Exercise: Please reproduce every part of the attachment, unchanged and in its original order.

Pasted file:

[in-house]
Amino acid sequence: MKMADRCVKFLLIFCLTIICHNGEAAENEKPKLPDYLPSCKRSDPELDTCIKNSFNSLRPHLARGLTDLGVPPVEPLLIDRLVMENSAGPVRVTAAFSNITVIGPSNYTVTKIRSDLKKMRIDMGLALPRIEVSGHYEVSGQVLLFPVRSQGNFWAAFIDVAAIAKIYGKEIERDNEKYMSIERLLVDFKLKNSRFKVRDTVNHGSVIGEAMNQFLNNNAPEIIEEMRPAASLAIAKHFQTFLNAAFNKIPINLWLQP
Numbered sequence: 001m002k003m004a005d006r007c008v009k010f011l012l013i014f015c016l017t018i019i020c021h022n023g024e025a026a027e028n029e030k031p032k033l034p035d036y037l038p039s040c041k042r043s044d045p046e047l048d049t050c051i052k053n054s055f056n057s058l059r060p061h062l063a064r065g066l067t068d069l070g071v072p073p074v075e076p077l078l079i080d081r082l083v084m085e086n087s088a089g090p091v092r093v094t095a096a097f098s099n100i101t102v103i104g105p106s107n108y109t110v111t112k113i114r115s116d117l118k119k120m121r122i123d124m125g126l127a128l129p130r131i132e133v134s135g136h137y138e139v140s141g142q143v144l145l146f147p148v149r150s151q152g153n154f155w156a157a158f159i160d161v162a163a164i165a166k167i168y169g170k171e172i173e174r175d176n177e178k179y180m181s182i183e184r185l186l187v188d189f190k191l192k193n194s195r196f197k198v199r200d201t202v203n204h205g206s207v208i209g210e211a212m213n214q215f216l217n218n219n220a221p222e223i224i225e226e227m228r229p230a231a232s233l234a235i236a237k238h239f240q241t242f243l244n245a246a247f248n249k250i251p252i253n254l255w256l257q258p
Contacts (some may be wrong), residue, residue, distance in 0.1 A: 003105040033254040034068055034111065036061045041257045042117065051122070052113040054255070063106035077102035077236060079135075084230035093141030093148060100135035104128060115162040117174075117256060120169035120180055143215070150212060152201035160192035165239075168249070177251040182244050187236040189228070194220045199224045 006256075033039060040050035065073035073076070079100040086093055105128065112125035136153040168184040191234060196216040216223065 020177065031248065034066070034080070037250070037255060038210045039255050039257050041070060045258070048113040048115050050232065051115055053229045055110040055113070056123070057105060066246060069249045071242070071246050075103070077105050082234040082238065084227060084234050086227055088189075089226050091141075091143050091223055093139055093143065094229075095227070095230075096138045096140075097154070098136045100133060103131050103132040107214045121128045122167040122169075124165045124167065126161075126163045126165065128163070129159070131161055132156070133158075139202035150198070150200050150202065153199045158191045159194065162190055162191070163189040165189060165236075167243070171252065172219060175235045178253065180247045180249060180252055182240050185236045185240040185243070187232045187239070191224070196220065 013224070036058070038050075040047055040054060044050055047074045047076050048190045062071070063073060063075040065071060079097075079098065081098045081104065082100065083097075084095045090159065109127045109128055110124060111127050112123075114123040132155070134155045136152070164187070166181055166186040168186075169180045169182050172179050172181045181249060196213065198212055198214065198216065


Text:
[in-house]
Amino acid sequence: MKMADRCVKFLLIFCLTIICHNGEAAENEKPKLPDYLPSCKRSDPELDTCIKNSFNSLRPHLARGLTDLGVPPVEPLLIDRLVMENSAGPVRVTAAFSNITVIGPSNYTVTKIRSDLKKMRIDMGLALPRIEVSGHYEVSGQVLLFPVRSQGNFWAAFIDVAAIAKIYGKEIERDNEKYMSIERLLVDFKLKNSRFKVRDTVNHGSVIGEAMNQFLNNNAPEIIEEMRPAASLAIAKHFQTFLNAAFNKIPINLWLQP
Numbered sequence: 001m002k003m004a005d006r007c008v009k010f011l012l013i014f015c016l017t018i019i020c021h022n023g024e025a026a027e028n029e030k031p032k033l034p035d036y037l038p039s040c041k042r043s044d045p046e047l048d049t050c051i052k053n054s055f056n057s058l059r060p061h062l063a064r065g066l067t068d069l070g071v072p073p074v075e076p077l078l079i080d081r082l083v084m085e086n087s088a089g090p091v092r093v094t095a096a097f098s099n100i101t102v103i104g105p106s107n108y109t110v111t112k113i114r115s116d117l118k119k120m121r122i123d124m125g126l127a128l129p130r131i132e133v134s135g136h137y138e139v140s141g142q143v144l145l146f147p148v149r150s151q152g153n154f155w156a157a158f159i160d161v162a163a164i165a166k167i168y169g170k171e172i173e174r175d176n177e178k179y180m181s182i183e184r185l186l187v188d189f190k191l192k193n194s195r196f197k198v199r200d201t202v203n204h205g206s207v208i209g210e211a212m213n214q215f216l217n218n219n220a221p222e223i224i225e226e227m228r229p230a231a232s233l234a235i236a237k238h239f240q241t242f243l244n245a246a247f248n249k250i251p252i253n254l255w256l257q258p
Contacts (some may be wrong), residue, residue, distance in 0.1 A: 003105040033254040034068055034111065036061045041257045042117065051122070052113040054255070063106035077102035077236060079135075084230035093141030093148060100135035104128060115162040117174075117256060120169035120180055143215070150212060152201035160192035165239075168249070177251040182244050187236040189228070194220045199224045 006256075033039060040050035065073035073076070079100040086093055105128065112125035136153040168184040191234060196216040216223065 020177065031248065034066070034080070037250070037255060038210045039255050039257050041070060045258070048113040048115050050232065051115055053229045055110040055113070056123070057105060066246060069249045071242070071246050075103070077105050082234040082238065084227060084234050086227055088189075089226050091141075091143050091223055093139055093143065094229075095227070095230075096138045096140075097154070098136045100133060103131050103132040107214045121128045122167040122169075124165045124167065126161075126163045126165065128163070129159070131161055132156070133158075139202035150198070150200050150202065153199045158191045159194065162190055162191070163189040165189060165236075167243070171252065172219060175235045178253065180247045180249060180252055182240050185236045185240040185243070187232045187239070191224070196220065 013224070036058070038050075040047055040054060044050055047074045047076050048190045062071070063073060063075040065071060079097075079098065081098045081104065082100065083097075084095045090159065109127045109128055110124060111127050112123075114123040132155070134155045136152070164187070166181055166186040168186075169180045169182050172179050172181045181249060196213065198212055198214065198216065